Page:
ECHA's Enforcement On Products Sold Online

ECHA’s Enforcement On Products Sold Online

Online marketplace has become one of the happening places and a convenient platform for all consumers who wish to buy and sell products. However, the shift of e-commerce has also brought in many challenges such as quality, safety, and being non-compliant. The European Chemicals Agency (ECHA) plays a pivotal role in ensuring the e-commerce products meet the regulations and standards significantly.

This blog post will explore the ECHA’s enforcement efforts on online products, highlighting the importance of consumer safety and regulatory compliance.

ECHA’s Enforcement On The Products Sold Online:

ECHA enforcement on REACH-EN-FORCE (REF)-13 is for the products such as chemicals, common household goods, or toys sold online. The primary objective of this enforcement is to check the goods sold online complies with the REACH regulation and prevents the environment and human beings from potential risks. 

The inspectors responsible for the checking should inspect the materials mixture, its classification, labeling, and packed as per the Classification, Labeling and Packaging (CLP) Regulation. It is also to be noted that the product includes the necessary information about the possible hazards it can provide to the environment and humankind. It is also essential that inspectors should also check the regulation guidelines of the Restriction of Hazardous Substances (RoHS) Directive and Persistent Organic Pollutants (POPs) Regulation.

Reason Behind The Evolution Of ECHA Enforcement:

The primary reason behind ECHA enforcement’s evolution is that most online chemical sales are non-compliant. In the previous (REF-8) project, the inspectors discovered that online chemical sales contained hazardous components, especially cancer-causing substances. Also, it was found that about 78% of acquired mixture or substance does not adhere to the REACH regulation.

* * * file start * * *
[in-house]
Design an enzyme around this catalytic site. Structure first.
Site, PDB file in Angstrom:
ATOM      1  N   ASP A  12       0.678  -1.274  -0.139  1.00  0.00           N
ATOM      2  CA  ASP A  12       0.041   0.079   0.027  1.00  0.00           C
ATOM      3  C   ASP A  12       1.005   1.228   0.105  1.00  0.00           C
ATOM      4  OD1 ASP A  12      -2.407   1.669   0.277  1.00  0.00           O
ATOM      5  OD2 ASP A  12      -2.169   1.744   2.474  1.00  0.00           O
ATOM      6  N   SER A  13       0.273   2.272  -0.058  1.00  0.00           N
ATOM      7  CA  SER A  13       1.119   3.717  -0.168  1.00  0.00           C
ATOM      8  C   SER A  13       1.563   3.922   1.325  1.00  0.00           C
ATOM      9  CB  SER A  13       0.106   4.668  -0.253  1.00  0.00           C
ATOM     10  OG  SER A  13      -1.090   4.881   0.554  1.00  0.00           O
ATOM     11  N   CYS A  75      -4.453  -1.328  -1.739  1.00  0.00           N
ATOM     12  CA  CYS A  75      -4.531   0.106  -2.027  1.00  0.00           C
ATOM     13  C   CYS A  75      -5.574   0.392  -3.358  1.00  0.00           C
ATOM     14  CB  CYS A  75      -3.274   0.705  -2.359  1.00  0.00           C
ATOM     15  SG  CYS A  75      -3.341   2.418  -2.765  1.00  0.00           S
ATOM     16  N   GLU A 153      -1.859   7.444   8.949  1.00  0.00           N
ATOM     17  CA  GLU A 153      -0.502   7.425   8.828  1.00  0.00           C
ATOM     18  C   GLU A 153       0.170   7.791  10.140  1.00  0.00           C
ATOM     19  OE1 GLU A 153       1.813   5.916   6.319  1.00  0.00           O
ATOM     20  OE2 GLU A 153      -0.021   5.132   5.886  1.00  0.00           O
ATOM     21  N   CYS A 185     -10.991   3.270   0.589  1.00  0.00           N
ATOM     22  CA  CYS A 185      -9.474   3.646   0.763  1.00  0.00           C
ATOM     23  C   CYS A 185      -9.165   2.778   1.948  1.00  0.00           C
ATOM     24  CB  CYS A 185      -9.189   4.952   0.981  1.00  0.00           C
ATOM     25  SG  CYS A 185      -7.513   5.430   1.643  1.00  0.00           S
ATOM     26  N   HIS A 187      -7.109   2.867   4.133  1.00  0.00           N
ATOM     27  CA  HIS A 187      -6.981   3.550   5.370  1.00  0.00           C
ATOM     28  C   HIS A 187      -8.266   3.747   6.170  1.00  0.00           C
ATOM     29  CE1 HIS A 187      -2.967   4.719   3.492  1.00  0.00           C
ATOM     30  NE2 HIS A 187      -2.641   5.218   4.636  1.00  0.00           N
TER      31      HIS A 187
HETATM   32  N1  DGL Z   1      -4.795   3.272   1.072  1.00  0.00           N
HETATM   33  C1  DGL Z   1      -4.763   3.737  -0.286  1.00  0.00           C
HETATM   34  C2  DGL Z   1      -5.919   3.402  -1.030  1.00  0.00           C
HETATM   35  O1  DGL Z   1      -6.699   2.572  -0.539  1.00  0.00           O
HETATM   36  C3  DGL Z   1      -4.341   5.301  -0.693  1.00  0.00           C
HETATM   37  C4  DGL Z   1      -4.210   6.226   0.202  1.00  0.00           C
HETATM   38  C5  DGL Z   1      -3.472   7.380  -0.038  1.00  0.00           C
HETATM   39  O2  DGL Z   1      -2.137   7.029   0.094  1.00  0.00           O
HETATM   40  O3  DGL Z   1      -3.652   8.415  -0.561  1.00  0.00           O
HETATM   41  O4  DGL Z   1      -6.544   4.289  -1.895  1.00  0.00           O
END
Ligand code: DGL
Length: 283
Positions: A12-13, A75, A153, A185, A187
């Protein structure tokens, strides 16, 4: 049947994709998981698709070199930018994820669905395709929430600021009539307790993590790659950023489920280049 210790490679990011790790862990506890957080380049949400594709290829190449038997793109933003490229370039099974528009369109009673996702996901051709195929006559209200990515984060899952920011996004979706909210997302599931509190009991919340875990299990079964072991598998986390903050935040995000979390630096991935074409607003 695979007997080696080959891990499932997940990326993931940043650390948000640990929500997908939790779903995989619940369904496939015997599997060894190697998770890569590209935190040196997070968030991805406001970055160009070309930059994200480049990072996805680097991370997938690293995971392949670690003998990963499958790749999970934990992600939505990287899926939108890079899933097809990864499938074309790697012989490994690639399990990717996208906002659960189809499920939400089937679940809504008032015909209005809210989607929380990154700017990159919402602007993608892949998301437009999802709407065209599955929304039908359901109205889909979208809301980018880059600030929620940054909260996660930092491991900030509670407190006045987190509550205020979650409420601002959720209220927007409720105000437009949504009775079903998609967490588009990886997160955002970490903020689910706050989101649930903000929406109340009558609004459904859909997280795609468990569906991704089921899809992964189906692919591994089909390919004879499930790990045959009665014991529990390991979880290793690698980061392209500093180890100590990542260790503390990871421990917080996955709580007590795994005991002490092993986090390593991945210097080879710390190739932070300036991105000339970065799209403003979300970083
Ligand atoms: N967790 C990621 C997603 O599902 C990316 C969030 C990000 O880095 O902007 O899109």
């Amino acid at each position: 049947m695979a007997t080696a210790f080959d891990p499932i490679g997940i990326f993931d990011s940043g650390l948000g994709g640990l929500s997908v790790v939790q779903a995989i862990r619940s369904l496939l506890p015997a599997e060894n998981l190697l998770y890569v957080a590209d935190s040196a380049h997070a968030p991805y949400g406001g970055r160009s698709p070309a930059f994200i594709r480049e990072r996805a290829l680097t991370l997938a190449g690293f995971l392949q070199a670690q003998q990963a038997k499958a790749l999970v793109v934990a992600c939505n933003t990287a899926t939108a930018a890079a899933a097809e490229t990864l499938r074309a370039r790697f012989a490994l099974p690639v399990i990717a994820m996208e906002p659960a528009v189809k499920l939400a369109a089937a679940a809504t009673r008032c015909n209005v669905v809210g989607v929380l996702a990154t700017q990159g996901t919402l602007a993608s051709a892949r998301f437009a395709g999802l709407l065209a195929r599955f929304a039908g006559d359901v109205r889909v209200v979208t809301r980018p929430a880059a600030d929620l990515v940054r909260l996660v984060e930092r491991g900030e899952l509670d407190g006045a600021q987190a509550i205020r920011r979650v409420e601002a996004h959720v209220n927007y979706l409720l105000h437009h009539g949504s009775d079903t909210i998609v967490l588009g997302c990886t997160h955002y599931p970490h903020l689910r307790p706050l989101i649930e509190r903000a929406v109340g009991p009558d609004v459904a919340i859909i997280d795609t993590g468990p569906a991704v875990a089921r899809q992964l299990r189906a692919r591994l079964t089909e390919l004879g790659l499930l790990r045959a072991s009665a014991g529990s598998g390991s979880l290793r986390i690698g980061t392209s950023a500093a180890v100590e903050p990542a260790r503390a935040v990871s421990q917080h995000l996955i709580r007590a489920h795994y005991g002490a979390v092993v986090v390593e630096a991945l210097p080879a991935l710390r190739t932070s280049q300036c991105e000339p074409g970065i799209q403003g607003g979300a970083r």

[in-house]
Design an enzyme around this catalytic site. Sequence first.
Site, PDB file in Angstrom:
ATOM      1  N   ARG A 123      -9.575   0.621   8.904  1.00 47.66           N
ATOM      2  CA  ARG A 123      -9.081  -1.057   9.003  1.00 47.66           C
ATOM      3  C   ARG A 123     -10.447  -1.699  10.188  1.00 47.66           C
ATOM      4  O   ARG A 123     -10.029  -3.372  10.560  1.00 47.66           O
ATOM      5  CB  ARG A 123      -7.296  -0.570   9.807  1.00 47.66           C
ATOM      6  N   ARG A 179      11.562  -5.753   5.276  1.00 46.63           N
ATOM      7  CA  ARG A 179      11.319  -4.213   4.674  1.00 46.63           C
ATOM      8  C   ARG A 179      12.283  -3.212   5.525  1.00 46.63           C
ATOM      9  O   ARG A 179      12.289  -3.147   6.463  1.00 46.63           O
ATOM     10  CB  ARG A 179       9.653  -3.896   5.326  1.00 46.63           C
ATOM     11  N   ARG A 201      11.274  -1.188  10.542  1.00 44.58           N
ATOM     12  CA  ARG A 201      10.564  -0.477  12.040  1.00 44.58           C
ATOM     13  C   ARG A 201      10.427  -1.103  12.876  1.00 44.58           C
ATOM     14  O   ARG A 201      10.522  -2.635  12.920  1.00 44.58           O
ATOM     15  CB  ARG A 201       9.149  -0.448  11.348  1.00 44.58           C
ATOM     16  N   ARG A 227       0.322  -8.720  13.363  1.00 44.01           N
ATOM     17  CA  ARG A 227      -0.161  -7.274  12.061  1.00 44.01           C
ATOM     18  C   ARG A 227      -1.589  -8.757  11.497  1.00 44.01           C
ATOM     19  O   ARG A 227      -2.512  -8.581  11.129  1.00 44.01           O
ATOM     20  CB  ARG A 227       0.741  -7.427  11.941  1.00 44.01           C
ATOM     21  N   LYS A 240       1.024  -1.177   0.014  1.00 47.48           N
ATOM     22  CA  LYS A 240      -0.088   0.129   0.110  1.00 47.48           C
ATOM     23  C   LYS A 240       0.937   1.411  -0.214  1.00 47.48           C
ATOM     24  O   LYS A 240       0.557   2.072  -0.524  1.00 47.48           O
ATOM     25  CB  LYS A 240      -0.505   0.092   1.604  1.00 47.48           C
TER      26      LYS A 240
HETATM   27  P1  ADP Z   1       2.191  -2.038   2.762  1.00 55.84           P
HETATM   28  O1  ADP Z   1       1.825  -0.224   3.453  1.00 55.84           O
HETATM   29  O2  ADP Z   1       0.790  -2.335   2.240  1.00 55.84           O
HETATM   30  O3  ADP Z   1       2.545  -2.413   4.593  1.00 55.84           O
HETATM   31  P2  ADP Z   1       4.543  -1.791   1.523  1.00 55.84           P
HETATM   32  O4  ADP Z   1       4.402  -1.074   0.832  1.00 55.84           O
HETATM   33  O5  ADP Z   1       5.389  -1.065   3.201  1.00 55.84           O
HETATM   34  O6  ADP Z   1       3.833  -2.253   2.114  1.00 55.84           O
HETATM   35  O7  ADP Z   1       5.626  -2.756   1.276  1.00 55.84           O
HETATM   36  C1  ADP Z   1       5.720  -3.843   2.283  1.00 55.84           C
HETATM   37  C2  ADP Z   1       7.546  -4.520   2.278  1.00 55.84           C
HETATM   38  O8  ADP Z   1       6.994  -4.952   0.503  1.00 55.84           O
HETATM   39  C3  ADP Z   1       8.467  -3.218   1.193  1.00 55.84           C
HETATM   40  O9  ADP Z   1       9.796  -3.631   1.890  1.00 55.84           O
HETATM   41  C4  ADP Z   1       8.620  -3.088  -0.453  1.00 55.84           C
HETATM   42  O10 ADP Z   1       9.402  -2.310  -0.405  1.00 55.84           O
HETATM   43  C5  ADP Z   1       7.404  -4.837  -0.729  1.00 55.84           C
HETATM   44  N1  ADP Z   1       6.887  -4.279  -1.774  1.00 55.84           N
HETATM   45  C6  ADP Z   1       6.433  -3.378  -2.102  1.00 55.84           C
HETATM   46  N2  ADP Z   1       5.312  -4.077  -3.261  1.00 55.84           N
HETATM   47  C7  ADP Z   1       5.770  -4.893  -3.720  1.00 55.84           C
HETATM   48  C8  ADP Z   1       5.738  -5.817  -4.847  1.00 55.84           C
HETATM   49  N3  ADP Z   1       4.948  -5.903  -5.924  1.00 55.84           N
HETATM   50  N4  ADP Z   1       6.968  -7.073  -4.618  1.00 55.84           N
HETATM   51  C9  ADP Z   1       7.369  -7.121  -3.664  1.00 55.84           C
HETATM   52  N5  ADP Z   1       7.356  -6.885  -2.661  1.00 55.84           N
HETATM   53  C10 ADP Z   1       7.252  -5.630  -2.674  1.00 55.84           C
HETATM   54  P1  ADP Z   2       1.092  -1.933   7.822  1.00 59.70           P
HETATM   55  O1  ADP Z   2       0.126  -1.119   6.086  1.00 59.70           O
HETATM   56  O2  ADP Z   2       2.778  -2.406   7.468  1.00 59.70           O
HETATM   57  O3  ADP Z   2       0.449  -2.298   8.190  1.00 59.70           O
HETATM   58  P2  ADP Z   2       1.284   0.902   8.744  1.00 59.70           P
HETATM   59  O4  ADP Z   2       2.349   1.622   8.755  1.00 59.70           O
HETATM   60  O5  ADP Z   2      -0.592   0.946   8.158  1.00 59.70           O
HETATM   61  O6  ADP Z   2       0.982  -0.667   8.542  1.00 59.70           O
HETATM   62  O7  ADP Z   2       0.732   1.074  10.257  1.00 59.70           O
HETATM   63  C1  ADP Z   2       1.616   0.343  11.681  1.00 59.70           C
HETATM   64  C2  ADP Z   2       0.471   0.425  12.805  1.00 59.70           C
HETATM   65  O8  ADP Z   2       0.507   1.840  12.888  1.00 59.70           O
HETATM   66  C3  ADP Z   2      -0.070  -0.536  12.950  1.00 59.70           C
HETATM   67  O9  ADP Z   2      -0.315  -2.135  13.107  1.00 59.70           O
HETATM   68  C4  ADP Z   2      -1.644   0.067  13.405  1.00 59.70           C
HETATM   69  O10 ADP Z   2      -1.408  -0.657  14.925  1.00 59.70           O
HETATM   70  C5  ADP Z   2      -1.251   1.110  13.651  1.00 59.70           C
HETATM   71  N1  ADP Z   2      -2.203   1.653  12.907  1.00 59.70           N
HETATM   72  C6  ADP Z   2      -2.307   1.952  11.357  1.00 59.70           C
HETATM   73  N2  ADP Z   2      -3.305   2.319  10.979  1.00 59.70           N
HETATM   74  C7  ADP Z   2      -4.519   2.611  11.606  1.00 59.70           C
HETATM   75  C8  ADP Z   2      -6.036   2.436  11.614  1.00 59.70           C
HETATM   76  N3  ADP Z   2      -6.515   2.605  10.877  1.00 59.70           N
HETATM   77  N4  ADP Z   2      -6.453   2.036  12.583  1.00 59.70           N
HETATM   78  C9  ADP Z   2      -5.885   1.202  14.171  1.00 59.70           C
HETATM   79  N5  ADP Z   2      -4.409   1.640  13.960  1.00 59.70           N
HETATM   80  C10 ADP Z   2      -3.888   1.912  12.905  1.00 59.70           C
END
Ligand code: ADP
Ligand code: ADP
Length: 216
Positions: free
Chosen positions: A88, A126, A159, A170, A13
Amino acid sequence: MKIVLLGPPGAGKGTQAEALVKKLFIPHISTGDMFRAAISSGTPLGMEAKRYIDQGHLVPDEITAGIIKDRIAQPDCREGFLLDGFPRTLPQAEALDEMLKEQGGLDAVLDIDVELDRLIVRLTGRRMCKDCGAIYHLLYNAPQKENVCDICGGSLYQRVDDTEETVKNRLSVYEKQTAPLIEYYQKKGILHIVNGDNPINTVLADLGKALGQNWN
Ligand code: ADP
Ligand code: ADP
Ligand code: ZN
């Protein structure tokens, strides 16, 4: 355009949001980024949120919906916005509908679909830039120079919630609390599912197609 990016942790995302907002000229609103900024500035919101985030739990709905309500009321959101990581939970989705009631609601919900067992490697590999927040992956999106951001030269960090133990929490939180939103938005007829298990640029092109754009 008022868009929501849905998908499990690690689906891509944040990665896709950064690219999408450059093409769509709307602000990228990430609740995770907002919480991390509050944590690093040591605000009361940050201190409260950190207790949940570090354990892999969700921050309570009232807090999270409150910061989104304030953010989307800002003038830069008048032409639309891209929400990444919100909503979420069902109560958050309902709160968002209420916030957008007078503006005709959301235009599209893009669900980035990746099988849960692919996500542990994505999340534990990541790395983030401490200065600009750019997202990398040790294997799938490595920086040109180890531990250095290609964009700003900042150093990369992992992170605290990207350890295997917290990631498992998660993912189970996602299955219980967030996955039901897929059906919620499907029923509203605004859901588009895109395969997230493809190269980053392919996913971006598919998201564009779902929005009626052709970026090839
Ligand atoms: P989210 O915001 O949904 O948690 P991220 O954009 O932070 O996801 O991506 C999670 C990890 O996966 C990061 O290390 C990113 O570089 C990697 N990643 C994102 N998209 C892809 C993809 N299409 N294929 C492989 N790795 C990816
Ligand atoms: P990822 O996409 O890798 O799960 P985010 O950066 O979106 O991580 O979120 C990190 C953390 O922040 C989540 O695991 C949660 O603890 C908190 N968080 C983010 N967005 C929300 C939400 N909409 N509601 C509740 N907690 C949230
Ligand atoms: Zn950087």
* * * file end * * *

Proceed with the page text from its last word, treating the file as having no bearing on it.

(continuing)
What Is Next?

The inspections under the REACH-EN-FORCE (REF)-13 initiative are scheduled for the year 2025. 

The Biocidal Products Regulation subgroup within the Forum, known as BPRS, will target (BEF-3) biocides correctness in labeling. The inspectors will ensure the accuracy of product labels for biocidal products. Inspection teams will be responsible for verifying that the details presented on the labels of biocides are in alignment with what has been officially authorized and documented in the Summary of Product Characteristics. Additionally, inspectors may check the presence and accuracy of information in the Safety Data Sheets, mainly when such information is mandatory for biocidal products.

The preparation of the REF-13 and BEF-3 projects is scheduled for 2024, with inspections projected for 2025 and the publication of reports anticipated in 2026.

ECHA’s enforcement of online products underscores the importance of safeguarding consumer health and promoting regulatory compliance. In a rapidly evolving e-commerce landscape, ensuring the safety and quality of products is a collective effort involving regulatory bodies, businesses, and consumers. Working together can create a safer online shopping environment and contribute to a more sustainable marketplace. Hence, approach Sunstream to ensure that your supply chain adheres to the various regulations such as REACH, safety data sheets, and conflict mineral compliance.